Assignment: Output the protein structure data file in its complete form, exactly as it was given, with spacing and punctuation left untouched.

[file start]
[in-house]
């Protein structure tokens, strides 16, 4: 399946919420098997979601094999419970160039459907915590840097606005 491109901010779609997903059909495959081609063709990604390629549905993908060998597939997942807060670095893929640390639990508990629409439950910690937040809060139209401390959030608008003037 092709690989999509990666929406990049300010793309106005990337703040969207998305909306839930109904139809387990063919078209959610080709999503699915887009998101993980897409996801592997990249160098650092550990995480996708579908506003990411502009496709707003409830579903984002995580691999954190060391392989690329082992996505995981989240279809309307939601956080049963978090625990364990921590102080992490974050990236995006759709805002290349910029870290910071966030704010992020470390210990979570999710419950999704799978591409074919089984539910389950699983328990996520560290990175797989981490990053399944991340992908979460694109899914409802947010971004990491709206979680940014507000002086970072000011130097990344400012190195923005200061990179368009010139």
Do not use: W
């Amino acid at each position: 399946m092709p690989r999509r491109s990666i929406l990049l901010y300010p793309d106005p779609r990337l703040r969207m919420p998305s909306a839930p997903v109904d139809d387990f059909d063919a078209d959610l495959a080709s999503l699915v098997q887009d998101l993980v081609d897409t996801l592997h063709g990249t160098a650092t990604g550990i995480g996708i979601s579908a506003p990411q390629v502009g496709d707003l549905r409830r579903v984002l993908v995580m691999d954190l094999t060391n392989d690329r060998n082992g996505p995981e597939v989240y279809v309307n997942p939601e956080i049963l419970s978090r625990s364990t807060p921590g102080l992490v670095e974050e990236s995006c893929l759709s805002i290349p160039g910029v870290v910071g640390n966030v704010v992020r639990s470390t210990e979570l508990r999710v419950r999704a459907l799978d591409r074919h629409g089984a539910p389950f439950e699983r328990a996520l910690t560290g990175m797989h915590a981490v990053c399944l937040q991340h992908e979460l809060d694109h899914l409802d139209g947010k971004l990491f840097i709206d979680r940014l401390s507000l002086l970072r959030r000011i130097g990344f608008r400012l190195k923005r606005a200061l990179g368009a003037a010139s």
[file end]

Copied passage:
[in-house]
């Protein structure tokens, strides 16, 4: 399946919420098997979601094999419970160039459907915590840097606005 491109901010779609997903059909495959081609063709990604390629549905993908060998597939997942807060670095893929640390639990508990629409439950910690937040809060139209401390959030608008003037 092709690989999509990666929406990049300010793309106005990337703040969207998305909306839930109904139809387990063919078209959610080709999503699915887009998101993980897409996801592997990249160098650092550990995480996708579908506003990411502009496709707003409830579903984002995580691999954190060391392989690329082992996505995981989240279809309307939601956080049963978090625990364990921590102080992490974050990236995006759709805002290349910029870290910071966030704010992020470390210990979570999710419950999704799978591409074919089984539910389950699983328990996520560290990175797989981490990053399944991340992908979460694109899914409802947010971004990491709206979680940014507000002086970072000011130097990344400012190195923005200061990179368009010139």
Do not use: W
């Amino acid at each position: 399946m092709p690989r999509r491109s990666i929406l990049l901010y300010p793309d106005p779609r990337l703040r969207m919420p998305s909306a839930p997903v109904d139809d387990f059909d063919a078209d959610l495959a080709s999503l699915v098997q887009d998101l993980v081609d897409t996801l592997h063709g990249t160098a650092t990604g550990i995480g996708i979601s579908a506003p990411q390629v502009g496709d707003l549905r409830r579903v984002l993908v995580m691999d954190l094999t060391n392989d690329r060998n082992g996505p995981e597939v989240y279809v309307n997942p939601e956080i049963l419970s978090r625990s364990t807060p921590g102080l992490v670095e974050e990236s995006c893929l759709s805002i290349p160039g910029v870290v910071g640390n966030v704010v992020r639990s470390t210990e979570l508990r999710v419950r999704a459907l799978d591409r074919h629409g089984a539910p389950f439950e699983r328990a996520l910690t560290g990175m797989h915590a981490v990053c399944l937040q991340h992908e979460l809060d694109h899914l409802d139209g947010k971004l990491f840097i709206d979680r940014l401390s507000l002086l970072r959030r000011i130097g990344f608008r400012l190195k923005r606005a200061l990179g368009a003037a010139s």